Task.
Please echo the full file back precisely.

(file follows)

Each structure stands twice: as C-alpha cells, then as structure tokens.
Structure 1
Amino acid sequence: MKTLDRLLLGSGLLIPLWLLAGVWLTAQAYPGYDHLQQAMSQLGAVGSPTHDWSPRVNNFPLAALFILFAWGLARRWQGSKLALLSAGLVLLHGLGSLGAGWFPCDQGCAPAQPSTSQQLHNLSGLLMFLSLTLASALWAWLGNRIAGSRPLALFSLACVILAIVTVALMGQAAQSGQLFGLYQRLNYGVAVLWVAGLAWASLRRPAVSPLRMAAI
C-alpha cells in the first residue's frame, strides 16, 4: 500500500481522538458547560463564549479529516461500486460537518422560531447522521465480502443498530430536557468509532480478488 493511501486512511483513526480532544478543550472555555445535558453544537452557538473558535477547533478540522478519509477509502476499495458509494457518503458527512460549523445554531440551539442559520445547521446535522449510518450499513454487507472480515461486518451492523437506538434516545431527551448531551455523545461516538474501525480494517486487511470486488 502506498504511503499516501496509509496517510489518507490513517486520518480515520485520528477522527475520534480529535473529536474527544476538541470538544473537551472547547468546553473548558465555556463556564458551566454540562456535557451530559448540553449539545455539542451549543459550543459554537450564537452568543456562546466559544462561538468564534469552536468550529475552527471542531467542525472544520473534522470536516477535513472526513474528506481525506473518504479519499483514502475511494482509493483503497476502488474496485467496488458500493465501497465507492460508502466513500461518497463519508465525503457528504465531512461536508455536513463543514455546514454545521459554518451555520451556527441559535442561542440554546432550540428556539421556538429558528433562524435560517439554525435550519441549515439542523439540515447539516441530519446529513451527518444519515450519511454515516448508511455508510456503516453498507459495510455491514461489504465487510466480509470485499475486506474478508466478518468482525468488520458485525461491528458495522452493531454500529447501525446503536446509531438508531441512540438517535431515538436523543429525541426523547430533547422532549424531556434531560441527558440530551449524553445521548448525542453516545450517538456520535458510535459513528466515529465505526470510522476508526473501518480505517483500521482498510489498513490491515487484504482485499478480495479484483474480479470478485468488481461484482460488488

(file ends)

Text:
Each structure stands twice: as C-alpha cells, then as structure tokens.
Structure 1
Amino acid sequence: MKTLDRLLLGSGLLIPLWLLAGVWLTAQAYPGYDHLQQAMSQLGAVGSPTHDWSPRVNNFPLAALFILFAWGLARRWQGSKLALLSAGLVLLHGLGSLGAGWFPCDQGCAPAQPSTSQQLHNLSGLLMFLSLTLASALWAWLGNRIAGSRPLALFSLACVILAIVTVALMGQAAQSGQLFGLYQRLNYGVAVLWVAGLAWASLRRPAVSPLRMAAI
C-alpha cells in the first residue's frame, strides 16, 4: 500500500481522538458547560463564549479529516461500486460537518422560531447522521465480502443498530430536557468509532480478488 493511501486512511483513526480532544478543550472555555445535558453544537452557538473558535477547533478540522478519509477509502476499495458509494457518503458527512460549523445554531440551539442559520445547521446535522449510518450499513454487507472480515461486518451492523437506538434516545431527551448531551455523545461516538474501525480494517486487511470486488 502506498504511503499516501496509509496517510489518507490513517486520518480515520485520528477522527475520534480529535473529536474527544476538541470538544473537551472547547468546553473548558465555556463556564458551566454540562456535557451530559448540553449539545455539542451549543459550543459554537450564537452568543456562546466559544462561538468564534469552536468550529475552527471542531467542525472544520473534522470536516477535513472526513474528506481525506473518504479519499483514502475511494482509493483503497476502488474496485467496488458500493465501497465507492460508502466513500461518497463519508465525503457528504465531512461536508455536513463543514455546514454545521459554518451555520451556527441559535442561542440554546432550540428556539421556538429558528433562524435560517439554525435550519441549515439542523439540515447539516441530519446529513451527518444519515450519511454515516448508511455508510456503516453498507459495510455491514461489504465487510466480509470485499475486506474478508466478518468482525468488520458485525461491528458495522452493531454500529447501525446503536446509531438508531441512540438517535431515538436523543429525541426523547430533547422532549424531556434531560441527558440530551449524553445521548448525542453516545450517538456520535458510535459513528466515529465505526470510522476508526473501518480505517483500521482498510489498513490491515487484504482485499478480495479484483474480479470478485468488481461484482460488488